The present invention relates generally to a method and apparatus for cutting discrete quantities of molten plastic material from a supply of the molten plastic material for subsequent compression molding of the discrete quantities of material. More particularly, the invention relates to a cutter which rotates relative to a molten plastic delivery nozzle to cut a pellet of molten plastic from the nozzle and then carries and ejects the pellet of molten plastic into a cavity for compression molding articles therefrom.
U.S. Pat. No. 4,277,431, to Peller, hereby incorporated by reference, discloses an apparatus for cutting discrete quantities or pellets of molten plastic material for subsequent placement in respective mold cavities. This apparatus is particularly suited for use in the manufacture of closures by compression molding, including the formation of compression molded closure shells, and the formation of compression molded liners within associated closure shells. U.S. Pat. Nos. 4,343,754 to Wilde et al., and 4,497,765 to Wilde et al., both hereby incorporated by reference, disclose compression molding of threaded, tamper-indicating plastic closures, and compression molding of liners in such closures, for which manufacturing processes the apparatus of the above U.S. Pat. No. 4,277,431 is suited for use.
The apparatus of U.S. Pat. No. 4,277,431 includes a nozzle through which molten plastic material is delivered from an associated extruder or the like, and a rotatably driven cutting blade which is rotated with respect to the nozzle. As plastic is extruded from the nozzle, a discrete quantity or pellet of plastic material is cut during each rotation of the associated cutting blade. Immediately thereafter, the severed plastic pellet is moved from the face of the nozzle by the cutting blade for delivery to a respective mold cavity. The mold cavity may comprise either a female mold die for formation of a closure shell by compression molding, or a closure shell within which the molten plastic is compression molded for formation of a sealing liner.
Notably, the cutter apparatus of the above patent is configured to facilitate separation of each plastic pellet from the cutting blade by creating a slight mechanical interference between the cutting blade and the face of the associated nozzle. Thus, as the cutting blade rotates with respect to the nozzle, the blade is flexed or deflected as it engages the nozzle face and severs the extruded plastic material. As the blade continues to rotate, with the severed plastic material carried on the flexed surface of the cutting blade, the cutting blade disengages the face of the nozzle, thereby rapidly accelerating the pellet to facilitate its separation from the blade and delivery of the pellet to one of the associated cavities. This cutting and subsequent “flicking” like action of the cutting blade is sometimes referred to as the “cut-and-flip” portion of each cutting cycle.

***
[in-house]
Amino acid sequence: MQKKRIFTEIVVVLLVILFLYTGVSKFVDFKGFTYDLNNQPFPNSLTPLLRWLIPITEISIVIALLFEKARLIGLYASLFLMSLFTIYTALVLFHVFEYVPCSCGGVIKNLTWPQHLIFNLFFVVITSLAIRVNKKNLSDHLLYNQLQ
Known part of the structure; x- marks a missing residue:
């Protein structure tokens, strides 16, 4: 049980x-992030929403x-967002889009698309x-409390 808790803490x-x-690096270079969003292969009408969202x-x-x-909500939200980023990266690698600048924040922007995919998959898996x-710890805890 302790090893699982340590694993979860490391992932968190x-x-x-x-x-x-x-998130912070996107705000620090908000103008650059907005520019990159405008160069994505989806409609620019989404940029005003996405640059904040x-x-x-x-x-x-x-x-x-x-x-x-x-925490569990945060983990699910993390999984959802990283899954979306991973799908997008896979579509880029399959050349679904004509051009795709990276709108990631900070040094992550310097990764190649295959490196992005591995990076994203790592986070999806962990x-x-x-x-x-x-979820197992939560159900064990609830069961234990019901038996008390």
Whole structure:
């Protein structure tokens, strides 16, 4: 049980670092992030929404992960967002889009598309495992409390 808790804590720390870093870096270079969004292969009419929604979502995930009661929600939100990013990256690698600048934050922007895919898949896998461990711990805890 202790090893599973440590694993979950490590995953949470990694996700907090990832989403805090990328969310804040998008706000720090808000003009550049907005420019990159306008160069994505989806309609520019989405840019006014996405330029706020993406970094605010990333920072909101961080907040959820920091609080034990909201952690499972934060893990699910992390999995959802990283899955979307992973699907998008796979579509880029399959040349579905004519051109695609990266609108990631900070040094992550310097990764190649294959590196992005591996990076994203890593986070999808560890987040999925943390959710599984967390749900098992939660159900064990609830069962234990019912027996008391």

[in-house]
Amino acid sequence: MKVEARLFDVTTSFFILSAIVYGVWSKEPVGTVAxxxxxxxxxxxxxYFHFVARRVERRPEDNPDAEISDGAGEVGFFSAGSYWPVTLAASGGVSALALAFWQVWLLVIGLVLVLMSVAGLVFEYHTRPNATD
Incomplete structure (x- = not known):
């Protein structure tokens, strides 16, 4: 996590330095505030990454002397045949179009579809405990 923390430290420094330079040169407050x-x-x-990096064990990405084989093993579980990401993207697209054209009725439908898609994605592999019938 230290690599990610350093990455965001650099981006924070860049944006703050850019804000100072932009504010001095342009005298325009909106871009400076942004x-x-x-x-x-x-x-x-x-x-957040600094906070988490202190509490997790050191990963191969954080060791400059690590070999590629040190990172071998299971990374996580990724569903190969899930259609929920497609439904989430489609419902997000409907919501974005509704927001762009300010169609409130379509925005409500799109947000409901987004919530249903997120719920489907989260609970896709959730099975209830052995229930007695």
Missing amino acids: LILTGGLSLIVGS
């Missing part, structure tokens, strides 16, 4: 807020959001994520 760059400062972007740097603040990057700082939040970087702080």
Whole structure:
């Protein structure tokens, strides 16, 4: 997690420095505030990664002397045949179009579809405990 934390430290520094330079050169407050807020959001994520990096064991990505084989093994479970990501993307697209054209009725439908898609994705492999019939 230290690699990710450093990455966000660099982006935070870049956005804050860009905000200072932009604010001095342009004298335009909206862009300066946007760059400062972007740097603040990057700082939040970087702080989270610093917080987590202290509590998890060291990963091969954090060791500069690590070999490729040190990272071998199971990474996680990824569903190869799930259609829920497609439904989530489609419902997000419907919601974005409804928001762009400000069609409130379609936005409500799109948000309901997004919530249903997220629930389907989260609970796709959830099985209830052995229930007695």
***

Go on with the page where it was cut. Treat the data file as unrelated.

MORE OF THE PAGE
The above patent contemplates that the disclosed cutting apparatus be mechanically-driven from the associated molding apparatus, thus effecting the desired synchronous operation of the cutter. However, it will be appreciated that increases or decreases in production speed necessarily result in corresponding variation in the “cut-and-flip” portion of the cutting cycle, which can create undesirable variability in the speed, direction, rotational velocity, and orientation of the plastic pellet as it is delivered to the associated cavity. This can, in turn, create problems regarding pellet placement, orientation, and an undesirable tendency of the pellet to bounce upon delivery into the associated cavity.
U.S. Pat. No. 5,596,251 describes a cutter apparatus driven by a servo motor, the operation of which is coordinated with an associated rotary carousel on which cavities are successively presented to the cutter apparatus. In order to effect separation of each discrete quantity of plastic material from the cutting blade of the cutter apparatus, the servo motor is operated to create a period of distinct deceleration during each rotary cutting cycle, thereby separating the molten plastic from the surface of the cutting blade.
The present inventors have recognized that it would be desirable to provide a cutter apparatus for cutting molten plastic pellets from a source of molten plastic material and placing the pellets into successive cavities for compression molding which could be effectively operated at a high rate of speed, which reduces the need to replace worn cutter blades, and which reliably operates to produce a high rate of flawlessly molded articles.
The present invention is directed to a plastic pellet cutting system particularly suited for use in compression molding of plastic closure shells, and plastic liners in closure shells. The present invention contemplates a rotating cutting blade operated in conjunction with a molten plastic delivery nozzle to separate plastic pellets from a face of the nozzle. The present system utilizes a cutting blade operated at zero interference (or with slight clearance) with the associated nozzle face, wherein the cutting blade has associated therewith an air driven pellet ejection system. The ejection system uses pressurized air to displace a pellet carried by the blade into a molding cavity.